A tripod is the best insurance against blur from camera shake during long exposures. But a sturdy tripod won’t guarantee absolute camera stability. A tripod must be used properly to provide the best results. One essential rule to follow is never touch the camera when taking an exposure. Specifically, do not press the shutter release button with your finger. Even the slightest movement caused by touching the camera can create blur. Use a remote release, either wired or wireless, to trip the shutter. If a remote release is not available, set the camera’s timer to at least two seconds to allow vibration to settle down after you press the shutter.
This advice applies to all long exposure night photography but is essential for some subjects. Night landscapes that include point sources of light such as street lamps are particularly sensitive to camera shake. The photo at right is a six second exposure of the new San Francisco Bay Bridge taken on a tripod. It should be absolutely sharp, but it’s not. The slight camera movement caused by depressing the shutter button was enough to ruin the exposure, even though the camera vibration happened for a tiny fraction of the six second exposure.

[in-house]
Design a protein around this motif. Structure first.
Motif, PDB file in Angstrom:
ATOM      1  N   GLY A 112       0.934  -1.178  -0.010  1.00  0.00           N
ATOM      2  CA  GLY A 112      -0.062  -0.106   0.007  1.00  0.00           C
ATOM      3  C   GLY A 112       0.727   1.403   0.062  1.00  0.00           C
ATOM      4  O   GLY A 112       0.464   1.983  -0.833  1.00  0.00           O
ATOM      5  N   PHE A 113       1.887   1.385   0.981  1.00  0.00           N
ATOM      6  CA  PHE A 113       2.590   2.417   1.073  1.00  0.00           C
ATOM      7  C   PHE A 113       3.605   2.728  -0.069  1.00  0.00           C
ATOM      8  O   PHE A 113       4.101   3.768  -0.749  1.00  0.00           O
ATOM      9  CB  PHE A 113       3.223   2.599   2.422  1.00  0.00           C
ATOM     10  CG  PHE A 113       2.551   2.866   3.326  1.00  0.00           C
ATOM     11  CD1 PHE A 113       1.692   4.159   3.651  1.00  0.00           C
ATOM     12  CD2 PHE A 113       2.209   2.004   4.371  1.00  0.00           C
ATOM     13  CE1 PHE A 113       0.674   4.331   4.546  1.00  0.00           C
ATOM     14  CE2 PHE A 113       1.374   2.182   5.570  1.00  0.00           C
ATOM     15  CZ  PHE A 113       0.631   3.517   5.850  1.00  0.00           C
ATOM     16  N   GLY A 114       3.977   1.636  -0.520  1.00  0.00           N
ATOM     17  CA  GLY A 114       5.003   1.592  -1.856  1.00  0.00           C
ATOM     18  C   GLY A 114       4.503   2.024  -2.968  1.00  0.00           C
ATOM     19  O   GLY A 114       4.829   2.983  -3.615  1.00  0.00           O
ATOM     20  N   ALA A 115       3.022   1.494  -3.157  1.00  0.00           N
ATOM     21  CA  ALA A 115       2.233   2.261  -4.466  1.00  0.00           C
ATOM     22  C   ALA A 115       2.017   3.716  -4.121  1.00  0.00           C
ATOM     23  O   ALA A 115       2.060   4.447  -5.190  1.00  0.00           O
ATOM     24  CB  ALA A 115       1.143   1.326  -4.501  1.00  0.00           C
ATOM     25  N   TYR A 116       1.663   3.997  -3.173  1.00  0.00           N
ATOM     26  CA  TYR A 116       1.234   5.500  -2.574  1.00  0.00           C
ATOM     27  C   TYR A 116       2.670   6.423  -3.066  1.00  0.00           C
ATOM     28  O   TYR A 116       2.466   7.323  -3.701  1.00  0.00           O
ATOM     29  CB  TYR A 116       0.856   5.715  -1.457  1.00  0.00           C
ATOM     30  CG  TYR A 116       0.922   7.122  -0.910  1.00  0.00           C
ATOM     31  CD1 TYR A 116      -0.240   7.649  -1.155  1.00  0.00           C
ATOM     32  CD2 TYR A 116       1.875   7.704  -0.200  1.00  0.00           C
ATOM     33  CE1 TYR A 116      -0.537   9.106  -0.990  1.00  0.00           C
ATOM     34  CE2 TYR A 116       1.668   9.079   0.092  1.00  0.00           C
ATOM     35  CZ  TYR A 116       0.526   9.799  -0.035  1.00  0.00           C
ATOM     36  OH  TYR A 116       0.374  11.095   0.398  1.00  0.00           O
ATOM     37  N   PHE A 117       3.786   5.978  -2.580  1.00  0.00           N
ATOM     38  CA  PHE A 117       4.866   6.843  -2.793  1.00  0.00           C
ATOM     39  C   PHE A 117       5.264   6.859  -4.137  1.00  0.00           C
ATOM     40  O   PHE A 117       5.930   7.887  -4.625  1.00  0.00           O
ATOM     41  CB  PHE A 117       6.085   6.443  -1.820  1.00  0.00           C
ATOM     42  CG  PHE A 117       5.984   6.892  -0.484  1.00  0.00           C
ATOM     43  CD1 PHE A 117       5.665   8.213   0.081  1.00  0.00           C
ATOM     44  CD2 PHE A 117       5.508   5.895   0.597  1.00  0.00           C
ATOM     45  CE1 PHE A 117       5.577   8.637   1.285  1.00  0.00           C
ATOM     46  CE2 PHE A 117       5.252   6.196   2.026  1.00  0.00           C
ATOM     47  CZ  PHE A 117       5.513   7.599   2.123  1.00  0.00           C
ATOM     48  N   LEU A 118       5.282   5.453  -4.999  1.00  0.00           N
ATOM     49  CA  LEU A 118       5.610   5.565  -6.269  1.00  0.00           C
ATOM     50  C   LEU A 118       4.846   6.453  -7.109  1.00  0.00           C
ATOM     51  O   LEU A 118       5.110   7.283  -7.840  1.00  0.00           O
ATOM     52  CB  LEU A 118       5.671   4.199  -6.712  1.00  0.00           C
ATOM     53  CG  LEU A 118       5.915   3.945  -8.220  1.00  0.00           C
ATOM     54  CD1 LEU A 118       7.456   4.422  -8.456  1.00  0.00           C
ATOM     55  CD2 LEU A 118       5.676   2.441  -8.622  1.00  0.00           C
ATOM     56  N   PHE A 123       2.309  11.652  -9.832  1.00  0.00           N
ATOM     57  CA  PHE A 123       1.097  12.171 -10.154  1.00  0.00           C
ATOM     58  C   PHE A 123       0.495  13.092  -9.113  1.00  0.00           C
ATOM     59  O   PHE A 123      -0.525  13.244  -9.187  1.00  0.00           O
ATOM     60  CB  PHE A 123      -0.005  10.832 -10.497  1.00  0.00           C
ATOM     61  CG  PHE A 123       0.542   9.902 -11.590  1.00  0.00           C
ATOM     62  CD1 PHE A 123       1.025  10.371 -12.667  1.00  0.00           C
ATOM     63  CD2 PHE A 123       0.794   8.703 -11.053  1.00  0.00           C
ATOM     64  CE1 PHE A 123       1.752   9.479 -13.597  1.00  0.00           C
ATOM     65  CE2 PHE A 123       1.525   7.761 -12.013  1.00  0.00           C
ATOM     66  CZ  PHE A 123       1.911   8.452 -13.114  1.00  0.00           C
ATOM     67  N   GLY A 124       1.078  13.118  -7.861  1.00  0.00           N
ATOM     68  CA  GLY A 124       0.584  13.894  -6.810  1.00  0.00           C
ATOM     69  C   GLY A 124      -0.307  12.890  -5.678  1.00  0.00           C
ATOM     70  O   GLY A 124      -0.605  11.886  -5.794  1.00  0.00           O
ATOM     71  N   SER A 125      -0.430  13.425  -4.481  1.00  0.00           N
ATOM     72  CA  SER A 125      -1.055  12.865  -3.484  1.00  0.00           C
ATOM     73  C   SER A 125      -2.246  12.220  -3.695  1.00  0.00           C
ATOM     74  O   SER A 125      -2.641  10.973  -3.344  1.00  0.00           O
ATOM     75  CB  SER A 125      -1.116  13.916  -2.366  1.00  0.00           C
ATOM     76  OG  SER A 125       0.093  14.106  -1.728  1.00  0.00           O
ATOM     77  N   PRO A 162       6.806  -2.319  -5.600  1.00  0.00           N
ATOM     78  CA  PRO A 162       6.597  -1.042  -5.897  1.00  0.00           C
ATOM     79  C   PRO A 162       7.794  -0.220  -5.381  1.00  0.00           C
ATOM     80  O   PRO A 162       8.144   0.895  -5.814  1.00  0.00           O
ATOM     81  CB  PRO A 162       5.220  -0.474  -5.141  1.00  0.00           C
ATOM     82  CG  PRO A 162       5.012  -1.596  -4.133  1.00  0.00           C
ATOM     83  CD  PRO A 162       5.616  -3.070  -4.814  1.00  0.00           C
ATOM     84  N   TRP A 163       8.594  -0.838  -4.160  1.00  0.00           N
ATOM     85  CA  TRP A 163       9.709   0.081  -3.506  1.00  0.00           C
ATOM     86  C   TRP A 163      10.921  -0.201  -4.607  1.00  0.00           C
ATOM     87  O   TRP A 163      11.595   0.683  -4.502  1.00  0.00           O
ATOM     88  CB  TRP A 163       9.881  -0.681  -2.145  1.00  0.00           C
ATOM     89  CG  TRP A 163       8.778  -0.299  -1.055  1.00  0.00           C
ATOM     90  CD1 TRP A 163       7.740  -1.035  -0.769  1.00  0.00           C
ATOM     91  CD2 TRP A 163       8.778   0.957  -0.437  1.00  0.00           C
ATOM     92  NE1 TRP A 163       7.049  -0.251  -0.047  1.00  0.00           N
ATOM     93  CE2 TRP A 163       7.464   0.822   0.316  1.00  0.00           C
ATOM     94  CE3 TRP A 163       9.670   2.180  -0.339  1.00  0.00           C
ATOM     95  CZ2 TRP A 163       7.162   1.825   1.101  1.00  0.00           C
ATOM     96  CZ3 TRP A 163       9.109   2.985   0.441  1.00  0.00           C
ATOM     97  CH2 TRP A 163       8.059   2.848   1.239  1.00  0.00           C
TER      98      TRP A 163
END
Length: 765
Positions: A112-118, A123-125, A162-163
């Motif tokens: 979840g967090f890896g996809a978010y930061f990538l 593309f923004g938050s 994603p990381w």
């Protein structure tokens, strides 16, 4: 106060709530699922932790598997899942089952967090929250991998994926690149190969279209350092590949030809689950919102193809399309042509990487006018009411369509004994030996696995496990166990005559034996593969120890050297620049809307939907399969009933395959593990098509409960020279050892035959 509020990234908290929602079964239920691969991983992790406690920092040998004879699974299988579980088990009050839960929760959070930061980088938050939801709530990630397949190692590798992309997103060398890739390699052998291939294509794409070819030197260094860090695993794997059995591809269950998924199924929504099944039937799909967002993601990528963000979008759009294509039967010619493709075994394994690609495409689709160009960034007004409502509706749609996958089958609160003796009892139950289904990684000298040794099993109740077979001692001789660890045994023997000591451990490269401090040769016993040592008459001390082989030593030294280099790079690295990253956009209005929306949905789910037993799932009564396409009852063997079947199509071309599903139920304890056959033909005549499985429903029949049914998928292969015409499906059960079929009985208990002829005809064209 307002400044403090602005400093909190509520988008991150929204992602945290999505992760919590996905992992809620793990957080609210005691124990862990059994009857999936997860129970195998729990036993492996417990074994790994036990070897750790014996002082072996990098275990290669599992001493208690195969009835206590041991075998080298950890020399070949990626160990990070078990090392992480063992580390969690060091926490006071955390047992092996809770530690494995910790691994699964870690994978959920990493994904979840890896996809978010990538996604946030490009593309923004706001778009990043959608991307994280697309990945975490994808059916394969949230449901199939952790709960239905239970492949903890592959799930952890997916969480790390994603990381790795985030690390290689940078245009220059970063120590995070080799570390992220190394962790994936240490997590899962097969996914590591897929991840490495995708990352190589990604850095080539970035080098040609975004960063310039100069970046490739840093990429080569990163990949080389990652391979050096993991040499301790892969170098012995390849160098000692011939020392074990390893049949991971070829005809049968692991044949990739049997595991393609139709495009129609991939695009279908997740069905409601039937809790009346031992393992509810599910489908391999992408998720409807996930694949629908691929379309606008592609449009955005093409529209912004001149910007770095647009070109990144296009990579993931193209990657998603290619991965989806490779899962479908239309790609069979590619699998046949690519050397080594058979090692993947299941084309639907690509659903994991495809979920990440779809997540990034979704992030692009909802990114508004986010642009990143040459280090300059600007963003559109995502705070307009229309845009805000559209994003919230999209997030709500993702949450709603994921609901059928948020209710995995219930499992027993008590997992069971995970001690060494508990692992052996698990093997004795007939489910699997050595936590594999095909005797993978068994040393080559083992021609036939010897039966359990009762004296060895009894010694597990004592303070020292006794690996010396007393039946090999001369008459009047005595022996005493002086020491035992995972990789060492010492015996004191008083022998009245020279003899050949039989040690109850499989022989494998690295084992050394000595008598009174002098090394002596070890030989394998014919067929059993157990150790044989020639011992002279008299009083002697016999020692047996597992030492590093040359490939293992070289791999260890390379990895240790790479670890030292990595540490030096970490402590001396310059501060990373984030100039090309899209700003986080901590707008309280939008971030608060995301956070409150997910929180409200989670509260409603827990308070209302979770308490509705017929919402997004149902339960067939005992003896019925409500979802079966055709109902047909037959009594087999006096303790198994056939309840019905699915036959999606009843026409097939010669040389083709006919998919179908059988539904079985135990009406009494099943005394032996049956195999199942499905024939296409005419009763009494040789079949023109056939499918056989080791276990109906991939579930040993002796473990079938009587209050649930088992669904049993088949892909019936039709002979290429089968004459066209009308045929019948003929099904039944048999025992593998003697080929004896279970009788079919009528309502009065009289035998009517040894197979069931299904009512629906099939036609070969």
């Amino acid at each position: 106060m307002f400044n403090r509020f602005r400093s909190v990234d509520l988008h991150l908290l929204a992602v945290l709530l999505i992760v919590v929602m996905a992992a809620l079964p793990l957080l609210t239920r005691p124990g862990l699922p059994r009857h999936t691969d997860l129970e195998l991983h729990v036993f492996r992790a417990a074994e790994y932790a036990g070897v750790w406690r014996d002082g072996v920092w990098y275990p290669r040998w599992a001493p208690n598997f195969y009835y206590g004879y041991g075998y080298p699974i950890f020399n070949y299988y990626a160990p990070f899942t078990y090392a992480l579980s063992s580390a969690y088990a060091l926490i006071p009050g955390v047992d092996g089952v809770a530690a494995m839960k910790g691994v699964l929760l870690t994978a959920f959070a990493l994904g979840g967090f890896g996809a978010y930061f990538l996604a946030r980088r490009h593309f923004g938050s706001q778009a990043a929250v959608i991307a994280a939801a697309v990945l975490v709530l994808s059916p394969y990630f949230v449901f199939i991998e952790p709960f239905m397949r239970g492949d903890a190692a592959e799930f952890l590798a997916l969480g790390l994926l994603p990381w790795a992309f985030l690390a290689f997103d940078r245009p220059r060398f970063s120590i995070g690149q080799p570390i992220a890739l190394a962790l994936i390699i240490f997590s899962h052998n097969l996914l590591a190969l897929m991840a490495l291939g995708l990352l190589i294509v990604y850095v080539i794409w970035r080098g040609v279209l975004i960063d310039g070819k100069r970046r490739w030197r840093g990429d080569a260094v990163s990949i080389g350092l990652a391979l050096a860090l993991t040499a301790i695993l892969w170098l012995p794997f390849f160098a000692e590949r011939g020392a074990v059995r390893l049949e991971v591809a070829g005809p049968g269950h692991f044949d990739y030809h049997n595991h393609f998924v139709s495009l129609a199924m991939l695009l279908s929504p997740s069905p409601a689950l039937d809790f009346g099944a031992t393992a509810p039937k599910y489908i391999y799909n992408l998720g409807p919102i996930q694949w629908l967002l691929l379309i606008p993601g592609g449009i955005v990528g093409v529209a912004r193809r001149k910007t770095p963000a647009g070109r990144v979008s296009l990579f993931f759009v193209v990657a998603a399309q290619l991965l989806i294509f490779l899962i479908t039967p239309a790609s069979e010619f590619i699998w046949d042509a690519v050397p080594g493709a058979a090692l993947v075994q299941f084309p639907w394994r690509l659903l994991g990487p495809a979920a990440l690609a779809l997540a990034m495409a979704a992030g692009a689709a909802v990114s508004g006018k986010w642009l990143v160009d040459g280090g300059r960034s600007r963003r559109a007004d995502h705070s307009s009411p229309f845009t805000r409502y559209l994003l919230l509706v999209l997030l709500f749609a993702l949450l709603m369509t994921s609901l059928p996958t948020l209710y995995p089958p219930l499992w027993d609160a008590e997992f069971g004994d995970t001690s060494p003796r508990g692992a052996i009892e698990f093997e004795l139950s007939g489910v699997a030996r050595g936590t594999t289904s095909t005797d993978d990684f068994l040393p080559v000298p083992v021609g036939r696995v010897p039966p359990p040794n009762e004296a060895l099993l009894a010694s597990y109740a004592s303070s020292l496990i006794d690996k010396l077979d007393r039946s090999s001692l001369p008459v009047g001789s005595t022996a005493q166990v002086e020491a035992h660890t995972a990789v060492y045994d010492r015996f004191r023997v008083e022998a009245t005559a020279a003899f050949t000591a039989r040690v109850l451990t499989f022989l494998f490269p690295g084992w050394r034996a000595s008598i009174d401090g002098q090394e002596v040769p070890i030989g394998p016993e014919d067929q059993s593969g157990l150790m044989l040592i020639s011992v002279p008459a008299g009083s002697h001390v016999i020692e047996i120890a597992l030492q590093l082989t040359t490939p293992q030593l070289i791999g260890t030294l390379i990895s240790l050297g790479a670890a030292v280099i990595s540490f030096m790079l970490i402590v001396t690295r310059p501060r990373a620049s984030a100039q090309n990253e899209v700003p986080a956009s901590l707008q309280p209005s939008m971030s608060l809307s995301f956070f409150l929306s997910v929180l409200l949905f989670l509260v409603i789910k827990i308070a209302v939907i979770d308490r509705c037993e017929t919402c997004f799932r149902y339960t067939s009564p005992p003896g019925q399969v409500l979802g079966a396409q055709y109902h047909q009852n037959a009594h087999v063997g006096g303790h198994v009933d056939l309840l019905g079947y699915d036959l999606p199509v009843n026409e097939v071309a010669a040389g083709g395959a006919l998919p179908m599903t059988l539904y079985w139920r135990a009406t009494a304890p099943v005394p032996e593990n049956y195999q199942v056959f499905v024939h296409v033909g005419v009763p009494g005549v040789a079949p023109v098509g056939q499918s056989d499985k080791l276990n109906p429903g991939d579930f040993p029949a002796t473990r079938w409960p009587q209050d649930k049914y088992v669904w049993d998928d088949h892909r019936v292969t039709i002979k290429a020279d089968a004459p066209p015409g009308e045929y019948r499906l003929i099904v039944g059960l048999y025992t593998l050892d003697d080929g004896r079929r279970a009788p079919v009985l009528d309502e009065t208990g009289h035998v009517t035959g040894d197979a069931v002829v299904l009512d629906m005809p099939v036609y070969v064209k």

The enlargement at right illustrates the problem. Bright light sources register no matter how brief the vibration. Street lamps and light sources that should be round points become a comma-shaped streak. Bright objects in the scene are blurred. Darker elements of the exposure remain sharp because they are not affected by the fraction of a second of vibration. But the simple act of pressing the shutter button is enough to ruin the photograph.
The lesson here is never touch the camera during exposure, even on a sturdy tripod. This rule especially applies to small tripod alternative supports like HandlePod. Always use a remote release or two-second timer to trigger the shutter.